I would also like to extend my gratitude and appreciation to the original co-sponsors in the House of Representatives for sponsoring the initiative to ban the use of secret evidence, HR 2121, the Hon. David Bonior, the Hon. Tom Campbell, the Hon. John Conyers, and the Hon. Bob Barr, and also to the other 90 Congressmen and women who have since joined the effort to repeal the use of this shameful procedure. For the past year, my husband and I have talked to many lawmakers here in Congress. We are extremely grateful for living in an open political system that allows us to freely express our point of view and have access to address our concerns to the highest people in power in our country. This is whatís great about America and we must keep it as the beacon of freedom and democracy.
Mr. Chairman, President Dwight D. Eisenhower told us that nations remain great so long as they are good. On that note, I would like to urge every Congressman and woman in this honorable committee to support the Secret Evidence Repeal Act (H.R. 2121). Your vote is a vote for your conscience, for the Constitution, for the future generations, and above all for this great country. As long as my brother and others like him are imprisoned unjustly, a huge part of our lives will be missing. We are crying out for justice- but who will hear our cries?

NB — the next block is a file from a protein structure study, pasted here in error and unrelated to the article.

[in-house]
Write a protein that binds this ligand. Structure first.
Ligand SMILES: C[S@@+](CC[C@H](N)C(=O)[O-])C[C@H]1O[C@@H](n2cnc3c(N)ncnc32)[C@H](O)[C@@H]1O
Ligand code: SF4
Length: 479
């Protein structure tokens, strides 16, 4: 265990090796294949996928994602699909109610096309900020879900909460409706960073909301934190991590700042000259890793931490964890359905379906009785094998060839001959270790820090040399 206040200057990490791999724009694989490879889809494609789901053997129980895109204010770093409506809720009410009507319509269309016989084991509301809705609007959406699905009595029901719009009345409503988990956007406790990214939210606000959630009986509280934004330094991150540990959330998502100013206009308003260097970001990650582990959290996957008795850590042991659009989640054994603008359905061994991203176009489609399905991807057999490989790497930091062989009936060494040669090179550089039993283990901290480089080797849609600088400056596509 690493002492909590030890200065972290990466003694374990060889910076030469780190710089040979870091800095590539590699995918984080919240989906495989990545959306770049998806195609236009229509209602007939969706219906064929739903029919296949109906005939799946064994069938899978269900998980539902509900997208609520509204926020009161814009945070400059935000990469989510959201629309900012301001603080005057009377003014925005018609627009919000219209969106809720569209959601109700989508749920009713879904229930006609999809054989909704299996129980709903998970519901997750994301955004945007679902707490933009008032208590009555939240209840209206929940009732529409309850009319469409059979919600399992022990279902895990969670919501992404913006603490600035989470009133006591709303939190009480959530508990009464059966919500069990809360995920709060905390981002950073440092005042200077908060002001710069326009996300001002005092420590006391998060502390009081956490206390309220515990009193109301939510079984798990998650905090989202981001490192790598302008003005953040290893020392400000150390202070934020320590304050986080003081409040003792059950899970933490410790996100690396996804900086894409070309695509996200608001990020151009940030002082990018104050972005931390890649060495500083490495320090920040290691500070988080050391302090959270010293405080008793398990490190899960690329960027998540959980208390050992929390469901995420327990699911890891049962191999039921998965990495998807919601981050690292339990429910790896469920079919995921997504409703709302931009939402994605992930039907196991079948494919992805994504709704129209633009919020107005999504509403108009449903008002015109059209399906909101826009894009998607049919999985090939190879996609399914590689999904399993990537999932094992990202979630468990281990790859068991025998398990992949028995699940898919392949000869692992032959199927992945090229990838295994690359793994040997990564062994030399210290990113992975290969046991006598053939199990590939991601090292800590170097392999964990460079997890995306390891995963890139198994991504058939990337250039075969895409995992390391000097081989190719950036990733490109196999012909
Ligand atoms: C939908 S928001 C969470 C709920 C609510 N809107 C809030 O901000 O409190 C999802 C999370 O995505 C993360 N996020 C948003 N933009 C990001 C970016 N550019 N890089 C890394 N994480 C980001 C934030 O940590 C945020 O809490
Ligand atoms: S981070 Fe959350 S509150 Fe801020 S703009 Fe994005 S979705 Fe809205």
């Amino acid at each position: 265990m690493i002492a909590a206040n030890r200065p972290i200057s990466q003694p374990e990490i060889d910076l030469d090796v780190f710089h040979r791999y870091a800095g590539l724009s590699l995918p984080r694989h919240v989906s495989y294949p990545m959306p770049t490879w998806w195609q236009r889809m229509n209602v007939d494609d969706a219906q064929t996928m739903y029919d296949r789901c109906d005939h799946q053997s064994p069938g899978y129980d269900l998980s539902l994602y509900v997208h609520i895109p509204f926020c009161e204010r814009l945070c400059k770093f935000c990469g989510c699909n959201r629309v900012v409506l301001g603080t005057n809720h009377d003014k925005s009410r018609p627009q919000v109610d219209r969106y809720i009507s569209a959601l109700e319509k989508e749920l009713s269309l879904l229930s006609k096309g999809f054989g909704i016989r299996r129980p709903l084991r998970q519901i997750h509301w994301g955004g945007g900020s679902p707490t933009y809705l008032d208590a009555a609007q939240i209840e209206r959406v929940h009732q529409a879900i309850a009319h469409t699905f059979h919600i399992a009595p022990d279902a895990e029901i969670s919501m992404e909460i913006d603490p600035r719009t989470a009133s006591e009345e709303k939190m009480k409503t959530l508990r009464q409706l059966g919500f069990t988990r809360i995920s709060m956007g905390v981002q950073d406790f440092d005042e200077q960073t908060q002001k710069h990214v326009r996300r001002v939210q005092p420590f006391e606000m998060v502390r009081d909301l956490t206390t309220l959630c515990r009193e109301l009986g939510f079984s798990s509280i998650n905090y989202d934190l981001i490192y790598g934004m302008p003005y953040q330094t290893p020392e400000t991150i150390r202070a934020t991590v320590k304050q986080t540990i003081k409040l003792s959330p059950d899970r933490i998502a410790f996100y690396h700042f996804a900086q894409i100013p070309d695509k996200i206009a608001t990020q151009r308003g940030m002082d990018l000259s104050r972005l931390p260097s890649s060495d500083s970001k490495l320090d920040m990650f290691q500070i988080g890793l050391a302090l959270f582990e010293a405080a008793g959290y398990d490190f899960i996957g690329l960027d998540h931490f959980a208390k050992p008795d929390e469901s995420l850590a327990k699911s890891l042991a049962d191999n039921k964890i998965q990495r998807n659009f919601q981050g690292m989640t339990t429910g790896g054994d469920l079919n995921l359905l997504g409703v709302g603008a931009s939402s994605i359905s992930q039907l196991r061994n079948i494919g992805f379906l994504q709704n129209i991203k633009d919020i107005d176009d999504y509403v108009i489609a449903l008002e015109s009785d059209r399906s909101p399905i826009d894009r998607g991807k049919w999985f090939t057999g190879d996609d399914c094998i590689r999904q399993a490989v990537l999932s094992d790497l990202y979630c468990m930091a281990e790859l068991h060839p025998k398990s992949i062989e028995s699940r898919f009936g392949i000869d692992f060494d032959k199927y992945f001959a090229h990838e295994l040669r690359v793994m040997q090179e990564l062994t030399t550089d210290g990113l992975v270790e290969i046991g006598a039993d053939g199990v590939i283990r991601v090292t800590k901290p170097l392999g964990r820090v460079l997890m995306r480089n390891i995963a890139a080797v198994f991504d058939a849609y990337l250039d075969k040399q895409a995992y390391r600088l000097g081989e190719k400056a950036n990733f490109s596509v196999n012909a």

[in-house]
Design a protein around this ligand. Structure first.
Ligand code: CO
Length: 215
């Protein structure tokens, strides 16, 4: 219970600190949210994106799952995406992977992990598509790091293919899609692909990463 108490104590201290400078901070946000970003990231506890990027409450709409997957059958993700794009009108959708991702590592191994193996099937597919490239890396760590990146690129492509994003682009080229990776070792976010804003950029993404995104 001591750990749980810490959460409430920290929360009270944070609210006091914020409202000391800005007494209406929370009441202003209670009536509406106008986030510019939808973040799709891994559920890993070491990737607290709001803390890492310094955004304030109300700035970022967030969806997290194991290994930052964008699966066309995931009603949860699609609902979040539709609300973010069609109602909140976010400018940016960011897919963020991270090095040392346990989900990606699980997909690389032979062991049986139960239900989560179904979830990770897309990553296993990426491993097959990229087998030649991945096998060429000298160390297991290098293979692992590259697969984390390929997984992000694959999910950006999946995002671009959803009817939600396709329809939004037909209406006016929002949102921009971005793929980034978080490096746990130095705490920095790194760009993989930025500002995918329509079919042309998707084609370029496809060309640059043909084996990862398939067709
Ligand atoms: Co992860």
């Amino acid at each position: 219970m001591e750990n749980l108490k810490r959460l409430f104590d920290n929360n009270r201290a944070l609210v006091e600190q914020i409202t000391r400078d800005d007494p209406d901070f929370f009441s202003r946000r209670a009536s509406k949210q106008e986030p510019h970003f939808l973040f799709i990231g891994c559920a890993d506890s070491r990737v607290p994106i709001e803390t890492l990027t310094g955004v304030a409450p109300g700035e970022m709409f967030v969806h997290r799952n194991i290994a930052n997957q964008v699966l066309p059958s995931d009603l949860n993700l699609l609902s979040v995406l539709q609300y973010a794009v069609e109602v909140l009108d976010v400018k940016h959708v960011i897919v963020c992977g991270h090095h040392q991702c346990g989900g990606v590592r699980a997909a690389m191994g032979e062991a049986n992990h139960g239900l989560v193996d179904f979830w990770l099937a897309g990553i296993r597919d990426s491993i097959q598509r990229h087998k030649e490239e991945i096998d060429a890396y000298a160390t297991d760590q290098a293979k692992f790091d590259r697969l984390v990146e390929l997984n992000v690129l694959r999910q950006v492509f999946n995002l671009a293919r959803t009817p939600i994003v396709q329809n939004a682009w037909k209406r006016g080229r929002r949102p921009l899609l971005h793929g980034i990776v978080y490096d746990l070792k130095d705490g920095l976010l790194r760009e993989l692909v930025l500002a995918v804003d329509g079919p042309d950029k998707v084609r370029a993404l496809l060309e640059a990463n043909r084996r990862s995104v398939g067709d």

May God protect us all. May He guide us to the straight path and in the support of true justice. And may He bless our country.
Thank you very much.